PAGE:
Scicluna and the other Vatican investigator, Spanish Monsignor Jordi Bertomeu, earlier put together a 2300-page report that prompted Francis to realise he had misjudged the Chilean situation.

On Monday, Francis began purging Chile’s Catholic hierarchy over the avalanche of sex abuse and cover-up cases, starting with accepting the resignations of the bishop at the centre of the scandal and two others.

A Vatican statement said Francis had accepted the resignations of Bishop Juan Barros of Osorno, Bishop Gonzalo Duarte of Valparaiso and Bishop Cristian Caro of Puerto Montt. He named a temporary leader for each diocese.

Barros has been at the centre of Chile’s growing scandal ever since Francis appointed him bishop of Osorno in 2015 over the objections of the local faithful, the pope’s own sex abuse prevention advisers and some of Chile’s other bishops.

The critics questioned Barros’ suitability to lead since he had been a top lieutenant of Chile’s most notorious predator priest and had been accused by victims of witnessing and ignoring their abuse by that priest, the Reverend Fernando Karadima. Barros denied the charge, but he twice offered to resign in the ensuing years.

In 2011, the Vatican sentenced Karadima, a powerful preacher close to Chile’s elite, to a lifetime of penance and prayer for his sex crimes.

But the Scicluna-Bertomeu report exposed a far bigger scandal that has implicated several religious orders. It also exposed evidence that the Chilean hierarchy systematically covered up and minimised abuse cases.

The findings opened a Pandora’s Box of new accusations that led Francis to become the first pope to refer to a “culture of abuse and cover-up” in the Catholic Church.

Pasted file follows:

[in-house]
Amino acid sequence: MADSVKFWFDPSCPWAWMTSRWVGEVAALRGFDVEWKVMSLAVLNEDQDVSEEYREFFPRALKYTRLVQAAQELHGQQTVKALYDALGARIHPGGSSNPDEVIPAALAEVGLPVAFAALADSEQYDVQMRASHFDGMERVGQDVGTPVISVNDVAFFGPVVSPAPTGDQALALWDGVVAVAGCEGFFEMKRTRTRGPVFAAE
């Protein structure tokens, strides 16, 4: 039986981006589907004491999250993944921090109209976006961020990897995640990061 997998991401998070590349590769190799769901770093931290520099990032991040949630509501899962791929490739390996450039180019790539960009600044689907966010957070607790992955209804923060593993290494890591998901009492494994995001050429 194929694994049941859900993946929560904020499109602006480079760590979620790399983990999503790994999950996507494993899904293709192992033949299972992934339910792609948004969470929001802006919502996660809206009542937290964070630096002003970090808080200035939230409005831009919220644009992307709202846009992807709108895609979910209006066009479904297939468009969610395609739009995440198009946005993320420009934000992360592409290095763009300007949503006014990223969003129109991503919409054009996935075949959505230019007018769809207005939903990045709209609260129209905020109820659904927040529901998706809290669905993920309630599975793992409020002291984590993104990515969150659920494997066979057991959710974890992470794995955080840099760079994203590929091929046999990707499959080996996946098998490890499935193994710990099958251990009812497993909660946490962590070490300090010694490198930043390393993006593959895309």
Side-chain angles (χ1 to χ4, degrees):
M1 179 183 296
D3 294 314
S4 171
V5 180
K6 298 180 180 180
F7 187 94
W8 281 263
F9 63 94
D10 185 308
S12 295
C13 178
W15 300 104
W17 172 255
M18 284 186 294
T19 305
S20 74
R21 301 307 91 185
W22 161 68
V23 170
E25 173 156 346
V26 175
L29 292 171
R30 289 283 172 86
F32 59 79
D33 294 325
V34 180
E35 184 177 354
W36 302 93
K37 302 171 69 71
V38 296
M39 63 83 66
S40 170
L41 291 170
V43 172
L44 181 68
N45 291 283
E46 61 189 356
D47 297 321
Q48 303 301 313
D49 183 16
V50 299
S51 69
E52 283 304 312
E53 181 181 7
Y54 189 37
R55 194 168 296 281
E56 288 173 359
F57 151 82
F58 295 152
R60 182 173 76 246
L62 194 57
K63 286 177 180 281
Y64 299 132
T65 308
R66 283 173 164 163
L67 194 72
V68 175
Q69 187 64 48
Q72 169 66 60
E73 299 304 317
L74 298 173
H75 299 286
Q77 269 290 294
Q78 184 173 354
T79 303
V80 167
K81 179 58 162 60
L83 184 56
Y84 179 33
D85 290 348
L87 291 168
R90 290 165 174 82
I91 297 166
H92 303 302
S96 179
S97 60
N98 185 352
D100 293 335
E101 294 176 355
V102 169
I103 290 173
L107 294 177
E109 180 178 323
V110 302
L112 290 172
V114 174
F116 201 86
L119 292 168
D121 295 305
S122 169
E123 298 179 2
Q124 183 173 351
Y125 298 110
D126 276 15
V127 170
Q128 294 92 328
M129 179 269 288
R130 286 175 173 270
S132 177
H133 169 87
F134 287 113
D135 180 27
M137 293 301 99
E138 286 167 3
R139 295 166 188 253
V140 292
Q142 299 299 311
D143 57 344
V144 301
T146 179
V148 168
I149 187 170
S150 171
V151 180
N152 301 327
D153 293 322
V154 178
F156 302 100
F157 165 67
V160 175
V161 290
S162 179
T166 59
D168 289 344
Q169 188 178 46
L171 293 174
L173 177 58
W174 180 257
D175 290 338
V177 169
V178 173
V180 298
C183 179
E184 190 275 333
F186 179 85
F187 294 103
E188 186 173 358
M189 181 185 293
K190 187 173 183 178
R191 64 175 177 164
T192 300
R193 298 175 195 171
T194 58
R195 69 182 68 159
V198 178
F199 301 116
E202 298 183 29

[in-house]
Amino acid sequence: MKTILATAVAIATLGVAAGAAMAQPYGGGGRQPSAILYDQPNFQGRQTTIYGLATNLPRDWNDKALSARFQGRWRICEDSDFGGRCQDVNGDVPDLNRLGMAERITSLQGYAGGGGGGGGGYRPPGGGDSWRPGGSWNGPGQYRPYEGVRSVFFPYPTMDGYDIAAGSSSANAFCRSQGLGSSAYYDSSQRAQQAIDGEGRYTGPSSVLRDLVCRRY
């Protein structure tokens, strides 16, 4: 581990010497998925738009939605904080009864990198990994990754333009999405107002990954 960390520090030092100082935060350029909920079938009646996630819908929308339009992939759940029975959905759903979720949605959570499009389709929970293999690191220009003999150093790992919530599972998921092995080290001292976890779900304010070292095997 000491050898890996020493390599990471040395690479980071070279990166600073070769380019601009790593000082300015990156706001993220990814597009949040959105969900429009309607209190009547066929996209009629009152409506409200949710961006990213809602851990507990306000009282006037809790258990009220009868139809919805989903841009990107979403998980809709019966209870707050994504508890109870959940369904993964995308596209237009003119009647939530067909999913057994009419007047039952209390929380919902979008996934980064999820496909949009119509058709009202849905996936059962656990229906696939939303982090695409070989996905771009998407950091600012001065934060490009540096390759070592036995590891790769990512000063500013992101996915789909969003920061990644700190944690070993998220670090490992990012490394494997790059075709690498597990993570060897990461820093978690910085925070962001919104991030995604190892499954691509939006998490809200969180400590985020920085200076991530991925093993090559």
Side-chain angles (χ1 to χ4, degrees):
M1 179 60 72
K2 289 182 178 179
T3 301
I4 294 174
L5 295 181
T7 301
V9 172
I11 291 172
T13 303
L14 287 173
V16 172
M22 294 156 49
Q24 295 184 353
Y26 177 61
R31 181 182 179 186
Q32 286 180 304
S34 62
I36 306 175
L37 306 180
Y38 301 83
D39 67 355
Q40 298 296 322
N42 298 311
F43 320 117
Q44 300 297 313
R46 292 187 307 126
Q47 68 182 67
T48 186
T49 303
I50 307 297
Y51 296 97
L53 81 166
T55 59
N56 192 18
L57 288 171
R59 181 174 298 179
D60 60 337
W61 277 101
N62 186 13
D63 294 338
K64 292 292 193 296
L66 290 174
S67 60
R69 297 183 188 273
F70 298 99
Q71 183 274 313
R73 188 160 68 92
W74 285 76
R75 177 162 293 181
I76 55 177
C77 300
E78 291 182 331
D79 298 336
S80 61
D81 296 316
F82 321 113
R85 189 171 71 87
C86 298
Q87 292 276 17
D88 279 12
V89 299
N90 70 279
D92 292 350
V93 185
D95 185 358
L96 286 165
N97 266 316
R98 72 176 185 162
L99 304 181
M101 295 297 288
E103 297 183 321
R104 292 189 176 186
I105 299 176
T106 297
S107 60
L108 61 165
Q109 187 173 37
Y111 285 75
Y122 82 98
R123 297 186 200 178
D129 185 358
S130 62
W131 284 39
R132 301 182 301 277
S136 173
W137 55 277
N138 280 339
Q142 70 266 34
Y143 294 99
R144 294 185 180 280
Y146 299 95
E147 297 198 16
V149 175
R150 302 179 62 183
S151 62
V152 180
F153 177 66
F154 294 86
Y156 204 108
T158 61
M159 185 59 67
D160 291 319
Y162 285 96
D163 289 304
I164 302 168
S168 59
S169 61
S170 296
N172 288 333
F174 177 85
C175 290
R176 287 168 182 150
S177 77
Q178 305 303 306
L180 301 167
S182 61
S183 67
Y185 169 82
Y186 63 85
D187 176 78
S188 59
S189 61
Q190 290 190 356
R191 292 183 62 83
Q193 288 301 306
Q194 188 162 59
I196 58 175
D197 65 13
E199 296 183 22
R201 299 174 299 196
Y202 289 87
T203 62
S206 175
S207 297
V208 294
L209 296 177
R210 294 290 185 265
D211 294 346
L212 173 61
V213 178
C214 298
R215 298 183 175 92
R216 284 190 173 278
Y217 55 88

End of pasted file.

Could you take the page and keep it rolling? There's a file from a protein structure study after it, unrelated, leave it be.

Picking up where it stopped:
The raids in Chile were reminiscent of the police search carried out in 2010 at the headquarters of the Catholic Church hierarchy in Belgium, which prompted Pope Benedict XVI to protest, calling it a “deplorable” intrusion in the Catholic Church’s legal process.

Belgian police took away computers and hundreds of files amid rumors that church leaders were continuing to cover up abuse cases. The raid prompted a Catholic panel investigating abuse to shut down in protest, saying Belgian authorities had betrayed the trust of nearly 500 victims who made complaints to the panel.

With many thanks to: The Sydney Morning Herald for the origional story.

Its fucking disgusting if the INLA have been charged with running a brothel and hore houses !

  1. The man and woman are due to appear at Belfast Magistrates’ Court on Monday
    Two people have been charged with brothel keeping following a police operation targeting republican paramilitary group the INLA.

Seven arrests followed 12 searches in Belfast, Lisburn, Crumlin and Newtownabbey, County Antrim, on Friday.

A 32-year-old man has been charged with brothel keeping and concealing criminal property.

A 22-year-old woman has been charged with controlling prostitution and brothel keeping.

Both people are expected to appear at Belfast Magistrates’ Court on Monday.

The charges will be reviewed by the Public Prosecution Service (PPS).

A 48-year-old man arrested in connection with alleged trafficking and controlling prostitution offences has BB released pending a report to the Public Prosecution Service.

Detectives arrested a 55-year-old man in the greater Belfast area on Saturday under terrorism legislation, as part of the same police operation.